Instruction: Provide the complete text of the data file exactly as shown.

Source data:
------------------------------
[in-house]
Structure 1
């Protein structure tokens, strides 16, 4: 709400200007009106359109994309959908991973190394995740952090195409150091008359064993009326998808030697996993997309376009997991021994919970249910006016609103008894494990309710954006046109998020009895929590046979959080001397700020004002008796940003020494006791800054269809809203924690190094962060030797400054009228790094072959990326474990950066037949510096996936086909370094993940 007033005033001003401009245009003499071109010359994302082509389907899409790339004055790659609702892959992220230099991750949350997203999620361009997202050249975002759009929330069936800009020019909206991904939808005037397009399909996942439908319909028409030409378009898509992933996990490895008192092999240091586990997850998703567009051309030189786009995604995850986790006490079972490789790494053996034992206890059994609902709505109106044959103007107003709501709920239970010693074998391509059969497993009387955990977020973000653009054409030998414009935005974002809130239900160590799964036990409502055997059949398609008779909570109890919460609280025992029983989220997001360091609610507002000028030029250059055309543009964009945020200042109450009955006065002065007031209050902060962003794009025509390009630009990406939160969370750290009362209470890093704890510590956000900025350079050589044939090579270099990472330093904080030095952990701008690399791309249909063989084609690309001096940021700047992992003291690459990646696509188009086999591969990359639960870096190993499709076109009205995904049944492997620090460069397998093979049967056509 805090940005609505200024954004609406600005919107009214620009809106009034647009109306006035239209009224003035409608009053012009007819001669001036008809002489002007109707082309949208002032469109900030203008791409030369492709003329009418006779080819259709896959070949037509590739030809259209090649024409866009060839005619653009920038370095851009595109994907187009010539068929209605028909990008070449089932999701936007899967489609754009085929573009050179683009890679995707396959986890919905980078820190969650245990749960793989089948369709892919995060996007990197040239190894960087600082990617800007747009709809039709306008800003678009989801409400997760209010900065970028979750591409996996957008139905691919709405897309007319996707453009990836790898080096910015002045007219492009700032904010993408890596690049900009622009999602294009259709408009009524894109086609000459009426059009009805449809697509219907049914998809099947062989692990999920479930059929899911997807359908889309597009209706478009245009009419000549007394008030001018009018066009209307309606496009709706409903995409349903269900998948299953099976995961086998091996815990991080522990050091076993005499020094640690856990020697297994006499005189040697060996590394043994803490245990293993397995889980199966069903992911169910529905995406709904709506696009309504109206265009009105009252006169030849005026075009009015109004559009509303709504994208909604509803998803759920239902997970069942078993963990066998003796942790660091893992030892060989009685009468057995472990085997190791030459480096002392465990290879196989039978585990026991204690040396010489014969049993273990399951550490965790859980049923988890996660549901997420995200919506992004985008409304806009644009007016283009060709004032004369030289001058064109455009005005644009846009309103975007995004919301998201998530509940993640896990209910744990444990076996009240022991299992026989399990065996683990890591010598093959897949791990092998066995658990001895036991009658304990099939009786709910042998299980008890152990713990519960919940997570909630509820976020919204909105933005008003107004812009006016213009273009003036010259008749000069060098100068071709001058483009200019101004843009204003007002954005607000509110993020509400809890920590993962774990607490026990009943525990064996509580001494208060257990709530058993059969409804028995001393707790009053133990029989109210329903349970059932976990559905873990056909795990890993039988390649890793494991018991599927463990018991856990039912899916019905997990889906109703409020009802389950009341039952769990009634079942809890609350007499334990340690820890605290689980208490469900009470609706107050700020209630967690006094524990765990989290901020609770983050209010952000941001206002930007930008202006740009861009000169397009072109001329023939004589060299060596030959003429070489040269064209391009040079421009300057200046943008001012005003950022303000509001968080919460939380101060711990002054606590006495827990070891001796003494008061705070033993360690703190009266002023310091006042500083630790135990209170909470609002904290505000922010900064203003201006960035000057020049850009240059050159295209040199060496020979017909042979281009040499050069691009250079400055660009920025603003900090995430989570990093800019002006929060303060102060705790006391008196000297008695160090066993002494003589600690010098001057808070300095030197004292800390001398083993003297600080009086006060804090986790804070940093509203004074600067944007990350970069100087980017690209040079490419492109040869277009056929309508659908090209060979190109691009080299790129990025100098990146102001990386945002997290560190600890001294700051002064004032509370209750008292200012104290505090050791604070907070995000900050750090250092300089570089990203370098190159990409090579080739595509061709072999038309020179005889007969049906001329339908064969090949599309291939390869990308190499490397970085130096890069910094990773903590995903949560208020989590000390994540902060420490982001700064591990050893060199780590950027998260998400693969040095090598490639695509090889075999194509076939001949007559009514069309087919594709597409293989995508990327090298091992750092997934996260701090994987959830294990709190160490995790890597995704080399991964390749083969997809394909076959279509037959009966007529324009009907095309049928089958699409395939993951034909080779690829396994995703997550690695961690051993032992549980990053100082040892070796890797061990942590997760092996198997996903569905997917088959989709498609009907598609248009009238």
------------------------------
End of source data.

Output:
[in-house]
Structure 1
């Protein structure tokens, strides 16, 4: 709400200007009106359109994309959908991973190394995740952090195409150091008359064993009326998808030697996993997309376009997991021994919970249910006016609103008894494990309710954006046109998020009895929590046979959080001397700020004002008796940003020494006791800054269809809203924690190094962060030797400054009228790094072959990326474990950066037949510096996936086909370094993940 007033005033001003401009245009003499071109010359994302082509389907899409790339004055790659609702892959992220230099991750949350997203999620361009997202050249975002759009929330069936800009020019909206991904939808005037397009399909996942439908319909028409030409378009898509992933996990490895008192092999240091586990997850998703567009051309030189786009995604995850986790006490079972490789790494053996034992206890059994609902709505109106044959103007107003709501709920239970010693074998391509059969497993009387955990977020973000653009054409030998414009935005974002809130239900160590799964036990409502055997059949398609008779909570109890919460609280025992029983989220997001360091609610507002000028030029250059055309543009964009945020200042109450009955006065002065007031209050902060962003794009025509390009630009990406939160969370750290009362209470890093704890510590956000900025350079050589044939090579270099990472330093904080030095952990701008690399791309249909063989084609690309001096940021700047992992003291690459990646696509188009086999591969990359639960870096190993499709076109009205995904049944492997620090460069397998093979049967056509 805090940005609505200024954004609406600005919107009214620009809106009034647009109306006035239209009224003035409608009053012009007819001669001036008809002489002007109707082309949208002032469109900030203008791409030369492709003329009418006779080819259709896959070949037509590739030809259209090649024409866009060839005619653009920038370095851009595109994907187009010539068929209605028909990008070449089932999701936007899967489609754009085929573009050179683009890679995707396959986890919905980078820190969650245990749960793989089948369709892919995060996007990197040239190894960087600082990617800007747009709809039709306008800003678009989801409400997760209010900065970028979750591409996996957008139905691919709405897309007319996707453009990836790898080096910015002045007219492009700032904010993408890596690049900009622009999602294009259709408009009524894109086609000459009426059009009805449809697509219907049914998809099947062989692990999920479930059929899911997807359908889309597009209706478009245009009419000549007394008030001018009018066009209307309606496009709706409903995409349903269900998948299953099976995961086998091996815990991080522990050091076993005499020094640690856990020697297994006499005189040697060996590394043994803490245990293993397995889980199966069903992911169910529905995406709904709506696009309504109206265009009105009252006169030849005026075009009015109004559009509303709504994208909604509803998803759920239902997970069942078993963990066998003796942790660091893992030892060989009685009468057995472990085997190791030459480096002392465990290879196989039978585990026991204690040396010489014969049993273990399951550490965790859980049923988890996660549901997420995200919506992004985008409304806009644009007016283009060709004032004369030289001058064109455009005005644009846009309103975007995004919301998201998530509940993640896990209910744990444990076996009240022991299992026989399990065996683990890591010598093959897949791990092998066995658990001895036991009658304990099939009786709910042998299980008890152990713990519960919940997570909630509820976020919204909105933005008003107004812009006016213009273009003036010259008749000069060098100068071709001058483009200019101004843009204003007002954005607000509110993020509400809890920590993962774990607490026990009943525990064996509580001494208060257990709530058993059969409804028995001393707790009053133990029989109210329903349970059932976990559905873990056909795990890993039988390649890793494991018991599927463990018991856990039912899916019905997990889906109703409020009802389950009341039952769990009634079942809890609350007499334990340690820890605290689980208490469900009470609706107050700020209630967690006094524990765990989290901020609770983050209010952000941001206002930007930008202006740009861009000169397009072109001329023939004589060299060596030959003429070489040269064209391009040079421009300057200046943008001012005003950022303000509001968080919460939380101060711990002054606590006495827990070891001796003494008061705070033993360690703190009266002023310091006042500083630790135990209170909470609002904290505000922010900064203003201006960035000057020049850009240059050159295209040199060496020979017909042979281009040499050069691009250079400055660009920025603003900090995430989570990093800019002006929060303060102060705790006391008196000297008695160090066993002494003589600690010098001057808070300095030197004292800390001398083993003297600080009086006060804090986790804070940093509203004074600067944007990350970069100087980017690209040079490419492109040869277009056929309508659908090209060979190109691009080299790129990025100098990146102001990386945002997290560190600890001294700051002064004032509370209750008292200012104290505090050791604070907070995000900050750090250092300089570089990203370098190159990409090579080739595509061709072999038309020179005889007969049906001329339908064969090949599309291939390869990308190499490397970085130096890069910094990773903590995903949560208020989590000390994540902060420490982001700064591990050893060199780590950027998260998400693969040095090598490639695509090889075999194509076939001949007559009514069309087919594709597409293989995508990327090298091992750092997934996260701090994987959830294990709190160490995790890597995704080399991964390749083969997809394909076959279509037959009966007529324009009907095309049928089958699409395939993951034909080779690829396994995703997550690695961690051993032992549980990053100082040892070796890797061990942590997760092996198997996903569905997917088959989709498609009907598609248009009238």